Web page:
We have been unable to post any updates over the past week, due to a severe lack of phone signal and wifi at our chosen spot within Bugsworth Basin. On Friday 26/8, we set off from Disley aiming for Bugsworth, at the end of the Peak Forest Canal just over three miles away. As we approached New Mills, the air began to smell strangely sweet. Passing a former mill building, the source of the smell became evident, as we noted the factory now bearing a sign stating it was the home of ‘Swizzles’, makers of drumstick lollies and other tasty treats. Next was New Mills Marina, a small attractive online Marina, which we have booked a few days in on our return journey, whilst the crew takes some shore leave.
The Marina, in addition to having full services which we will need on our return, also has wonderful views across the valley to Kinder Scout, and the Peak District National Park. Kinder Scout is renowned for the mass trespass that took place in the 1930’s, which led to the opening up of the countryside to the general public. We also noted that the area is frequented by television royalty, in the shape of Delboy and Rodney, who we suspect are trying to open up a Peak District division of Trotters Independent Traders.
Soon we were on the final approach to the junction at the end of the canal. Left for Bugsworth Basin, and right for Whaley Bridge.
Negotiating the junction towards Bugsworth Basin.
Bugsworth Basin consists of three separate basins, built in stone, which are looked after by the Bugsworth Basin Heritage Trust. At the entrance to the complex is the information centre and water point. Planning on being here a few days, we needed to top up with water, but another boat was on the point. We had also been advised by fellow bloggers from nb Melissa, whose blog is in our blog list, that the lower basin provided the best location to be away from the noise of the A6. With a bit of time to spare, we took the boat through the middle basin to the top basin by the Navigation P.H. and back down again, and onto the now empty water point. After filling with water we were positioned nicely to reverse into our spot, within the lower basin.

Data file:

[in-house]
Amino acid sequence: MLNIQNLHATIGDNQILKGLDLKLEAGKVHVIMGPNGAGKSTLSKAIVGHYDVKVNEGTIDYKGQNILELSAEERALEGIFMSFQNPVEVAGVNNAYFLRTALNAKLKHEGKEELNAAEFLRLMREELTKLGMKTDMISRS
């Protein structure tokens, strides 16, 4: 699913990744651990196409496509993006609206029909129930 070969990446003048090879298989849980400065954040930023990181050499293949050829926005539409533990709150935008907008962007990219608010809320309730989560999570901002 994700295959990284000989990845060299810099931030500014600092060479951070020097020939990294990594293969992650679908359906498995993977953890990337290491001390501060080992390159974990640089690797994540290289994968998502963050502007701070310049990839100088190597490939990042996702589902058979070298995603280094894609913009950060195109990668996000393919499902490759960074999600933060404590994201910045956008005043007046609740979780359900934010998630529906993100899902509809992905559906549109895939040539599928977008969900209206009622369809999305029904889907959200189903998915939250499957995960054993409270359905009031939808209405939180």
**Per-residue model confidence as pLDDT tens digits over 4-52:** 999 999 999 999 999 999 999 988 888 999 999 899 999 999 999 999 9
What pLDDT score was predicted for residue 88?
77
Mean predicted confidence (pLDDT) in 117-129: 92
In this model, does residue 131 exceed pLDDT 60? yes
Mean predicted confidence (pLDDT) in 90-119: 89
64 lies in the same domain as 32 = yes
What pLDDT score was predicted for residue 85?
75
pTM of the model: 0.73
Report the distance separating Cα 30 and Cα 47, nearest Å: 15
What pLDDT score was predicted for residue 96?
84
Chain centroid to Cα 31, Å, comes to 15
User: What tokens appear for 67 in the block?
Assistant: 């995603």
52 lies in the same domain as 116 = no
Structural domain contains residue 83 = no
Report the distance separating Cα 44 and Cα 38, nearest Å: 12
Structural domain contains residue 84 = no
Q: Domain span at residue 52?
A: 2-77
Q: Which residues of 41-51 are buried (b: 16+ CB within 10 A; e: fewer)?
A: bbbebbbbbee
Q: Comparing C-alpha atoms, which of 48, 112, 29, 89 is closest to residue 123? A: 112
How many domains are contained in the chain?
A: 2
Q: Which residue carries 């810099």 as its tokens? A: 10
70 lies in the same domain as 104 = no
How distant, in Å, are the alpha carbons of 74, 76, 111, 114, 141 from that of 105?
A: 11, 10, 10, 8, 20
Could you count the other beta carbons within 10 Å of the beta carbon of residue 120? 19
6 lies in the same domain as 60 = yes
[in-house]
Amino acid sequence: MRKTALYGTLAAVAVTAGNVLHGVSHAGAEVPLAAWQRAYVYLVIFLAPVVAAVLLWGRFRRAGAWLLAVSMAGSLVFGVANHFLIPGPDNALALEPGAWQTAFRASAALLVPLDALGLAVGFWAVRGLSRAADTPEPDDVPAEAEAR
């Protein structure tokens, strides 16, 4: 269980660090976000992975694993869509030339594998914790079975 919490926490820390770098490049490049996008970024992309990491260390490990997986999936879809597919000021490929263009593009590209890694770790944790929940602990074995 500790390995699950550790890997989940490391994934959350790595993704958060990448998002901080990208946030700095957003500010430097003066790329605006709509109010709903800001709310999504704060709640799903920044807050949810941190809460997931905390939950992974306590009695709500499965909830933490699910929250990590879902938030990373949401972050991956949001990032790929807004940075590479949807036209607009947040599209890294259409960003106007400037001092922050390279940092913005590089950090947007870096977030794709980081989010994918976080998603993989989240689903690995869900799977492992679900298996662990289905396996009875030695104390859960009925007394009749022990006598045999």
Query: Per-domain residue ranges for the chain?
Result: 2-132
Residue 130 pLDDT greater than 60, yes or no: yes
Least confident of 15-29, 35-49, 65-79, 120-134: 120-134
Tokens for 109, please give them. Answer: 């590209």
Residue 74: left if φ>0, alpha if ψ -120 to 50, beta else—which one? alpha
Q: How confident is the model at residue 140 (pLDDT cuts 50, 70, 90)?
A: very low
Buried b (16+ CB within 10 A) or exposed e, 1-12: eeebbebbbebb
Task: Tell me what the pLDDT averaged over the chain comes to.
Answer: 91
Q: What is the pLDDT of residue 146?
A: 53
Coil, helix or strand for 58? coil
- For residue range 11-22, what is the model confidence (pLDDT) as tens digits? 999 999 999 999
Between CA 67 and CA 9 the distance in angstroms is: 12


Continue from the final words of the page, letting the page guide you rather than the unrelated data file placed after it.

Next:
On the water point.
We had a nice spot with lots of grass for the furry crew member to play on, and a good tv signal, but absolutely no phone or data signal. After securing the boat lunch was taken at the Navigation, which is dog friendly, and we also booked in for a Sunday roast.
Saturday 27/8 was a wet day, we did however walk along the canal to the junction, and then into Whaley Bridge.
Whaley Bridge Wharf Buildings.
This was to check out the nearby Tesco superstore, and the location of the railway station for later in the week. During our visit to Tesco we researched the possibility of a different SIM card for the phone but when the assistant stopped laughing, he said “nothing works round here”.
Sunday 28/8 consisted of lunch at the Navigation, and later in the afternoon as the weather began to brighten, we washed the boat, and polished some brass.
Monday 29/8. The basin is surrounded by open countryside and peaks. We had sourced a map of the local area, and had chosen a walk the the summit of ‘Eccles Pike’. Whilst it felt like we had climbed a mountain, at 360 m above sea level it was in fact only a hill. The views however were spectacular.
Oscar found himself a nice spot on the summit, complete with naturally formed drinking bowl and with the panoramic views of Kinder Scout in the background.
Viewing towards Combs Reservoir.
Viewing towards Stockport and Manchester.
Our route was circular, and soon we found ourselves back at the Navigation P.H. for refreshments. Being the last bank holiday of the summer, and with the fine weather, the place was heaving.
Tuesday 30/8, our walk took us along the canal towards Furness Vale, followed by an exploration of some very under used footpaths, across country below Cracken Edge before arriving back at Bugsworth Basin.
Wednesday 31/8, after walking into Whaley Bridge we caught the train to Buxton. We walked through the Pavilion Gardens, on our way to Poole’s Cavern. These are a series of caves which have been in human use since the Stone Age, but were opened up for the public during the Victorian era.
Entrance to Poole’s Cavern.
Following our visit below ground, we walked back into town to view the famous Cresent and Spa Pumphouse. Unfortunately, both were clad in scaffolding currently undergoing restoration. Next was lunch at the ‘Old Hall House’ hotel, reportedly England’s oldest hotel, before a walk through the town and back to the railway station for our return journey.
Today we set off after breakfast for New Mills, a mere two miles away. The weather was fine, and we arrived just before lunchtime. We are now safely secured on a pontoon berth, and will stay here till Tuesday next week, when the crew return from their weekend away.
For our future reference, we now know that after spending the initial 48 hour limit within Bugsworth Basin, an application can be made for an extended stay permit up to a maximum two weeks. Next time we head this way, we will stay longer and maybe hire a car to explore further a field.
Totals Friday 26/8. 4 Miles
Thursday 1/9. 2 Miles
Running totals 298 Miles 178 Locks 13 Tunnels